Off to find the lost tribe.

Off to find the lost tribe.

Anyway, Abel convinces Rima that her mother’s tribe appears to be truly vanished, and Rima decides to return to the forest, leaving Abel and Nuflo to follow at their own pace, because she’s just so darned marvelous and ethereal (not to mention weather resistant in her spiderweb dress) and not requiring of any boring shelter or cooked food so she can travel so much faster than the menfolk. And she wants to prepare a lovely forest home for herself and Abel, as she has finally agreed to give in to his passionate entreaties, but she wants them to “do it” properly in nice surroundings.

So imagine Abel’s feelings when he and Nuflo come back home to find that the savages have chased Rima to the top of a tall tree and then burned it down, with her plunging to a fiery death. We don’t get to witness this, just hear about it from one of the savages, leading to the false hope that Rima may still be alive out there in the forest. (Spoiler: She isn’t.)

Rima's spirit lives on is the gist of this one, I think.

Rima’s spirit lives on is the gist of this one, I think.

Abel vows revenge, and goes to the next tribe of savages over (who are, naturally, sworn enemies to the first tribe of savages) and sets them to slaughter tribe of savages number one. Once everyone is dead (including Nuflo), Abel scrapes up Rima’s ashes, makes an ornate clay urn to contain them, and returns to civilization, where he spends his time pondering the wickedness of man, the glorious wonder of nature, and the sad fate of his bird girl.

I’m trying to think of one single character who didn’t make me want to vehemently cuff them at some point, but nope, can’t do it. Rima is just plain annoying, with her teasing girlish ways, her glowing red eyes, greyish-ivory skin, cloud of halo-like hair and spiderweb dress. Abel is a lout, living off the locals and rudely critiquing every detail of their morals, intelligence, appearance and lifestyle. Nuflo is shady to the nth degree, and the native tribespeople are paradoxically portrayed as universally unintelligent, deeply superstitious and highly manipulative.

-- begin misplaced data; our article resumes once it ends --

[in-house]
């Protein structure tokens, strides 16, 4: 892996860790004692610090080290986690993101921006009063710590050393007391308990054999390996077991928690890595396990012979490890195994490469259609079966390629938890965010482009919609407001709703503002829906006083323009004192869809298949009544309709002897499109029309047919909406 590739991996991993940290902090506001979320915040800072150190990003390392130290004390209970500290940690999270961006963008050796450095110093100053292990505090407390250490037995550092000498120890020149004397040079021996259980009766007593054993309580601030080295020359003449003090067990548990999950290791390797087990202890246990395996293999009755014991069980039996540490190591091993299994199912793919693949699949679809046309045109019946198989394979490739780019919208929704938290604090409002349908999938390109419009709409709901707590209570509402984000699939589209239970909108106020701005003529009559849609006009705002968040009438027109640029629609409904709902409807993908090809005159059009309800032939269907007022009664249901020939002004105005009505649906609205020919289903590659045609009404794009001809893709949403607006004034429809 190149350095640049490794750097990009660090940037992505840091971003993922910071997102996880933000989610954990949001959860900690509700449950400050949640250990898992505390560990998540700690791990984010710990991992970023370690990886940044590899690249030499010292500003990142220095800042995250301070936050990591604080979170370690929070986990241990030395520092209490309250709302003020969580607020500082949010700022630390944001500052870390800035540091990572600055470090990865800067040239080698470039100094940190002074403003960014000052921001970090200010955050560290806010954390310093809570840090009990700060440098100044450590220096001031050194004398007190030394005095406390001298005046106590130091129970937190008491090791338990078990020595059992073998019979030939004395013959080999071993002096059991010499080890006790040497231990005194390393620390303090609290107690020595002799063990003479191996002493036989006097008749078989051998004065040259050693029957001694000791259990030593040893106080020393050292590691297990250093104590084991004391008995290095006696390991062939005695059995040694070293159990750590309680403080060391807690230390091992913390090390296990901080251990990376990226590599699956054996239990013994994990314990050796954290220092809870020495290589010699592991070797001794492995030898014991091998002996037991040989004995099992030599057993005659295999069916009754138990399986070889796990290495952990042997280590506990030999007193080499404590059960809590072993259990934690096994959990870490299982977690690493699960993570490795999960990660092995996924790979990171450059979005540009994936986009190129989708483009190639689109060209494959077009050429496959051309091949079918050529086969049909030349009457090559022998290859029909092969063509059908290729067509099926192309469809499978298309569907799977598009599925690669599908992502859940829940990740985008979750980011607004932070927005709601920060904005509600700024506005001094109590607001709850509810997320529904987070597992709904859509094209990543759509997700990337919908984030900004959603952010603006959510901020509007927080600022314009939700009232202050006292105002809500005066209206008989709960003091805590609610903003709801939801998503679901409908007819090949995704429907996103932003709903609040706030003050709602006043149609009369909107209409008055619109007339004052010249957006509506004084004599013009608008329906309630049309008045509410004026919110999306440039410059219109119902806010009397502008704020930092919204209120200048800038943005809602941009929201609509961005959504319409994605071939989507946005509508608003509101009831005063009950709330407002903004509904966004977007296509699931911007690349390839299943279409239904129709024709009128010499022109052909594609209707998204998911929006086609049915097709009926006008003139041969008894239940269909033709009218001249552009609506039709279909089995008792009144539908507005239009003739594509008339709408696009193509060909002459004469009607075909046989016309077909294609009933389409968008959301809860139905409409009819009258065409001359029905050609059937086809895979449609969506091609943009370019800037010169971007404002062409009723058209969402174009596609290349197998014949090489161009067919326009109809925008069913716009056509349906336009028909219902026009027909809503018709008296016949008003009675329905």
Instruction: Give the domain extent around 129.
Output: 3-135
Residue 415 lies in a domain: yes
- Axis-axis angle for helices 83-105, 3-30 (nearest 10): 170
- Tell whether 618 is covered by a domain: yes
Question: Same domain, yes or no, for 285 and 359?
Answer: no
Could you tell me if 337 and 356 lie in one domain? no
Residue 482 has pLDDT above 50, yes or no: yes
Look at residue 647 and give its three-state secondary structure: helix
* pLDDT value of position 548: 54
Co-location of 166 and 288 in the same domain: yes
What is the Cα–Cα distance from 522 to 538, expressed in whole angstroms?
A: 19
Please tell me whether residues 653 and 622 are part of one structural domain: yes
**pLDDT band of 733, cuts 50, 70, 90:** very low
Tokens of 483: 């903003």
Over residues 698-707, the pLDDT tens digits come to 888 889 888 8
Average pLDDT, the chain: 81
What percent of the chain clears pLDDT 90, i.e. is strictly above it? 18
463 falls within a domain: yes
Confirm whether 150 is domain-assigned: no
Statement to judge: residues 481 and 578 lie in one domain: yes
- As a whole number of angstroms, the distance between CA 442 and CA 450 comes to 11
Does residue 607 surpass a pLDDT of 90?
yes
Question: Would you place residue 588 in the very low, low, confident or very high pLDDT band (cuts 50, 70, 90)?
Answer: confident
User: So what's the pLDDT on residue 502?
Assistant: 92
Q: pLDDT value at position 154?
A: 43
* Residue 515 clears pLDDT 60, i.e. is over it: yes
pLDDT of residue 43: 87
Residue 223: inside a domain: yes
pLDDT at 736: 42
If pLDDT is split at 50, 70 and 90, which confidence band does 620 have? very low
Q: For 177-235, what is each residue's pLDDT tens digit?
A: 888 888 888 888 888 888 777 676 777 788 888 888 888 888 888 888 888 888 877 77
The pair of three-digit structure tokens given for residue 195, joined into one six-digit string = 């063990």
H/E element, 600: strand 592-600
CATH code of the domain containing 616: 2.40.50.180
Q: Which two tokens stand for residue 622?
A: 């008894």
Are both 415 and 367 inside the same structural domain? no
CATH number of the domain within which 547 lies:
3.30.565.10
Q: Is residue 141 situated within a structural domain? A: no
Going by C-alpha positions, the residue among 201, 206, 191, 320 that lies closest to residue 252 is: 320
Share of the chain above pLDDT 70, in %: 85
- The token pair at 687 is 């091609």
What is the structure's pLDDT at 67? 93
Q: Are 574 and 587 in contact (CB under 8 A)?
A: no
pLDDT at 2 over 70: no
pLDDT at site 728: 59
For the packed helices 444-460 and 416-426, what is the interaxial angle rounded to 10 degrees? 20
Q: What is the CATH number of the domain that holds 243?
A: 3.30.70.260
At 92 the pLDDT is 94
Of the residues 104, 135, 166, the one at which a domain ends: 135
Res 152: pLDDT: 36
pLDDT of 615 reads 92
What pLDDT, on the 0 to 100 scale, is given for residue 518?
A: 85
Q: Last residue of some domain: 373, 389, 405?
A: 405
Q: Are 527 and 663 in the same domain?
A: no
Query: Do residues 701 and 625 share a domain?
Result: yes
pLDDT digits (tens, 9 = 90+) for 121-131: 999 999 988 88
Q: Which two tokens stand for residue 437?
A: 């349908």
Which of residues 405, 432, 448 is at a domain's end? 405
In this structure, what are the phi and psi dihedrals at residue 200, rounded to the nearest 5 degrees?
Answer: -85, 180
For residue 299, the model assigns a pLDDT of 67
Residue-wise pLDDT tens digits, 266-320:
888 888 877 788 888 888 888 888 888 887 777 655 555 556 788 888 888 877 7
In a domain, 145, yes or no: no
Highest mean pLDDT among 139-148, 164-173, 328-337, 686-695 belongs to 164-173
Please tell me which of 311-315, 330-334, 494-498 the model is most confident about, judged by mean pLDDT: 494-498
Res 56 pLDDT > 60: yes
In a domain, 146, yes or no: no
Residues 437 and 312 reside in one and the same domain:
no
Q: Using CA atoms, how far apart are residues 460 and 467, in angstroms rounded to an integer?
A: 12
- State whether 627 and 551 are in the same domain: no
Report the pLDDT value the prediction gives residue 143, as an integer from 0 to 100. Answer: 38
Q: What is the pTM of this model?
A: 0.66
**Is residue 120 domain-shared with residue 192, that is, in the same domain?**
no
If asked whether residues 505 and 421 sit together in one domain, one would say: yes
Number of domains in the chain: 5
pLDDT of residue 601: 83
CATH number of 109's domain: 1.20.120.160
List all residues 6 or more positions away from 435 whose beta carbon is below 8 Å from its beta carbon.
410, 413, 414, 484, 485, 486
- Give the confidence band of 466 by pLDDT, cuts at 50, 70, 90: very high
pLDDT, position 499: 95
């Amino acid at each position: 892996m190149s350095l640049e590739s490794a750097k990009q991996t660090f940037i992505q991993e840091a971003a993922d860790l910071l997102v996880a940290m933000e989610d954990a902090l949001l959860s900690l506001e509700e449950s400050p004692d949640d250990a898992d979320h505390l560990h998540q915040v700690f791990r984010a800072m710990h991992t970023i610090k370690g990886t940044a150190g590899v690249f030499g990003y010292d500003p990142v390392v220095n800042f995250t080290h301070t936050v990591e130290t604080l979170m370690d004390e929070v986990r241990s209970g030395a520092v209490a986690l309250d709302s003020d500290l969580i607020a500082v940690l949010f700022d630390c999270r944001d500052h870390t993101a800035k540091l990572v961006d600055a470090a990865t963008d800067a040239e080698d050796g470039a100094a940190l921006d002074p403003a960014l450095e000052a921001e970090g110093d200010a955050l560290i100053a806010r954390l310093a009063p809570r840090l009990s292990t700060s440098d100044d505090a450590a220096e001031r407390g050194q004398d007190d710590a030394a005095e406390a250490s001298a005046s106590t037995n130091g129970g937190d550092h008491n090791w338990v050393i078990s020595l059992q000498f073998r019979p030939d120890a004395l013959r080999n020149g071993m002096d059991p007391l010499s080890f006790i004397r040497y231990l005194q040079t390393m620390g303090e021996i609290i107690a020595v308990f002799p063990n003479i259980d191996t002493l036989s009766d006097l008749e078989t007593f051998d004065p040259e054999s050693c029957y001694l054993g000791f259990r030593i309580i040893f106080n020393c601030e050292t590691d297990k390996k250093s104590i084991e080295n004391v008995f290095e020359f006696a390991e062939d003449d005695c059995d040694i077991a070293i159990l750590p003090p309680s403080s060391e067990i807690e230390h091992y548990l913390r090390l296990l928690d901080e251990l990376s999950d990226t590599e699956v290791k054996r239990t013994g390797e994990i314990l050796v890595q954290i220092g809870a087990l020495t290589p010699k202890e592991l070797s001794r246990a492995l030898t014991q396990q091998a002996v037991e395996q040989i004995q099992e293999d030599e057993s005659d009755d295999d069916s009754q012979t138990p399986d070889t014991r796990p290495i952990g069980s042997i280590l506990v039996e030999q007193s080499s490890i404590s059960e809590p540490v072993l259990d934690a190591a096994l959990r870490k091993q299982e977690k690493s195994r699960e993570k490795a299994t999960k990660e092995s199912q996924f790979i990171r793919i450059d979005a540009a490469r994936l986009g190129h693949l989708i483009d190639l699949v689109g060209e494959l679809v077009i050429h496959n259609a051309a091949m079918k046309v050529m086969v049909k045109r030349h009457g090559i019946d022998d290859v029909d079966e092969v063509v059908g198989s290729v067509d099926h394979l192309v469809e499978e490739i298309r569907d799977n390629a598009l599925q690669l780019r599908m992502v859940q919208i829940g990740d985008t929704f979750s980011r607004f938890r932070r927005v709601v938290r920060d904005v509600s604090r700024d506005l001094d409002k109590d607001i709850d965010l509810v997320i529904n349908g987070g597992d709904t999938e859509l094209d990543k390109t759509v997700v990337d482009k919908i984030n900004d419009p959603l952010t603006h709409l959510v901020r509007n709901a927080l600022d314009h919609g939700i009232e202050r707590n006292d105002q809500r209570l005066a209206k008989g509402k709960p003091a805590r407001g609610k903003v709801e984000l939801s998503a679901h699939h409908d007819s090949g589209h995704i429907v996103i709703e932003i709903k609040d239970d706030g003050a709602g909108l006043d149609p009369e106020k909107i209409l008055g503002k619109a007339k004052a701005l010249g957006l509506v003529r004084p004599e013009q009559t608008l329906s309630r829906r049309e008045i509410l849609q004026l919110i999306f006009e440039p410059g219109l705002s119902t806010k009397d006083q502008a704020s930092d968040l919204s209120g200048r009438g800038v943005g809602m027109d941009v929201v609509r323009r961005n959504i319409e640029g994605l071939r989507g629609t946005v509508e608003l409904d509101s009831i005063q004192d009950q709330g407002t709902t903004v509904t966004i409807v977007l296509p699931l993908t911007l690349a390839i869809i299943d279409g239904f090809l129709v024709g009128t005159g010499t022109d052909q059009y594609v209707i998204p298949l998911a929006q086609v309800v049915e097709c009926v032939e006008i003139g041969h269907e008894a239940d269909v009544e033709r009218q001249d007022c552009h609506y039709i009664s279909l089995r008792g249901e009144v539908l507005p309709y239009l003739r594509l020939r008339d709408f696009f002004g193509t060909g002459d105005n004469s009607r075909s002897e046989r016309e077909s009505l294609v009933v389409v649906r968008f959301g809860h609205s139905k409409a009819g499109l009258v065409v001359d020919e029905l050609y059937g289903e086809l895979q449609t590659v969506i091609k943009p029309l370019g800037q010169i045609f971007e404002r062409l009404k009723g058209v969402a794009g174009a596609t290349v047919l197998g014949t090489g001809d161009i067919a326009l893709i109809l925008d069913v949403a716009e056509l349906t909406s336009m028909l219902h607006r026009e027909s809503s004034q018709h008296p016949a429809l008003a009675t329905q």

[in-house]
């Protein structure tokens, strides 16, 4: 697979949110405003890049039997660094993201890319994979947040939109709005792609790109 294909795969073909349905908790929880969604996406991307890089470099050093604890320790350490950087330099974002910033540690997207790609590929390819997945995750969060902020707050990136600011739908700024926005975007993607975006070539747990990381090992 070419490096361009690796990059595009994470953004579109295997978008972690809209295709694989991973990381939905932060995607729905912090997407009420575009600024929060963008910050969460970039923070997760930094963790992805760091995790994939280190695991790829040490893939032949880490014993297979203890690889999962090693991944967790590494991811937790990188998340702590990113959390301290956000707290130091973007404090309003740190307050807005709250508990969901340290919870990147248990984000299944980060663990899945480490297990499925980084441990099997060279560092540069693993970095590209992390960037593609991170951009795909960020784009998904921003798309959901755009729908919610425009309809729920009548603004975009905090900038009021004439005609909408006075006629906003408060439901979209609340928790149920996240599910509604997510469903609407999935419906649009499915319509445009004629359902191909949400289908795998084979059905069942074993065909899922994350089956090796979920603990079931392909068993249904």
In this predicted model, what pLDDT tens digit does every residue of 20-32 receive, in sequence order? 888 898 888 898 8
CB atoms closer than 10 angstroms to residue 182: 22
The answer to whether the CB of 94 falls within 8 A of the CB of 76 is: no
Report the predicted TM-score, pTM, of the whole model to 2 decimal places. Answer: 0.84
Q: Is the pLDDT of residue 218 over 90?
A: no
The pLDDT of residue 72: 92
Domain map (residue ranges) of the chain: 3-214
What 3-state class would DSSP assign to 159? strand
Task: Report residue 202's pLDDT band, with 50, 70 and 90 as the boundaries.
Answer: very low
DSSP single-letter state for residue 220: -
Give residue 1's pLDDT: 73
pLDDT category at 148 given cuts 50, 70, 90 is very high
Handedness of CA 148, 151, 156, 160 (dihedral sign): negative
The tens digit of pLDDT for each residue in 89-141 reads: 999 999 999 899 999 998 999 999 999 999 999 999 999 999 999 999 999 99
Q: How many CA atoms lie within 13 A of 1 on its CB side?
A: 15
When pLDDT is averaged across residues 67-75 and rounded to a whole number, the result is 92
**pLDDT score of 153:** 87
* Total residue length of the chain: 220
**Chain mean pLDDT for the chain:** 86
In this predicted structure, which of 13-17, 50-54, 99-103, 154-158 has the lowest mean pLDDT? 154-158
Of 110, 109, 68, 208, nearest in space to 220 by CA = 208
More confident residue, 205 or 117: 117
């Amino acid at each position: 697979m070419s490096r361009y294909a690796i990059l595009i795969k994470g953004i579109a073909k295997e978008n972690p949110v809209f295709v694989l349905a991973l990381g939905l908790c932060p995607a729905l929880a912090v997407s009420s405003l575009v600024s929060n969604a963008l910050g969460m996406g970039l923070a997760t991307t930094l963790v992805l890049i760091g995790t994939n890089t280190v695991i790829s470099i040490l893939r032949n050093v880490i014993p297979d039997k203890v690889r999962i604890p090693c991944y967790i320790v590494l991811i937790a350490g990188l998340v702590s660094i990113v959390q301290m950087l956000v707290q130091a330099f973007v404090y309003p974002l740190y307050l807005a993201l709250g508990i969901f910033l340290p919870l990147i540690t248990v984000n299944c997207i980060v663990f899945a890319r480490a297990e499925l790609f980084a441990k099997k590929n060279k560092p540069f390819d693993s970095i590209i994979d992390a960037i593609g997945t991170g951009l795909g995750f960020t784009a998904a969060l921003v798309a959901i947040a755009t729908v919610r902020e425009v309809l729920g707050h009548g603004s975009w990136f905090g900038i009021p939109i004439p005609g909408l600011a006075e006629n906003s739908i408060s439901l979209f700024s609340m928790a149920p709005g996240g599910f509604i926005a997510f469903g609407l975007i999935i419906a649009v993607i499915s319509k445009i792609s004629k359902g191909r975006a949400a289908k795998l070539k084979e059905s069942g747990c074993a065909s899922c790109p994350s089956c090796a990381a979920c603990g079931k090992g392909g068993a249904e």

I am glad I finally read this book, as it is so highly regarded by so many and so often referenced in literature, but I am even gladder to have turned the last page, and I have zero intention of ever reading it again.

Onward then, to something more palatable. I deserve something really good, I think, to take the taste of this one away. Let’s see now… maybe something by Elizabeth von Arnim? Of a similar vintage, to restore my faith in authors of this era.

This is how I felt after reading this book. (The illustration is actually from early on in the story, when Abel despairs at getting his hands on the elusive Rima.)

This is how I felt after reading this book. (The illustration is actually from early on in the story, when Abel despairs at getting his hands on the elusive Rima.)

And please don’t let my snarly review put you off. Thousands thrilled to this book, and you might well be among them. Here it is, online at Project Gutenberg.

Green Mansions by W.H. Hudson

Has anyone else read this? Loved it or despised it or felt completely ambiguous about it? Please do share!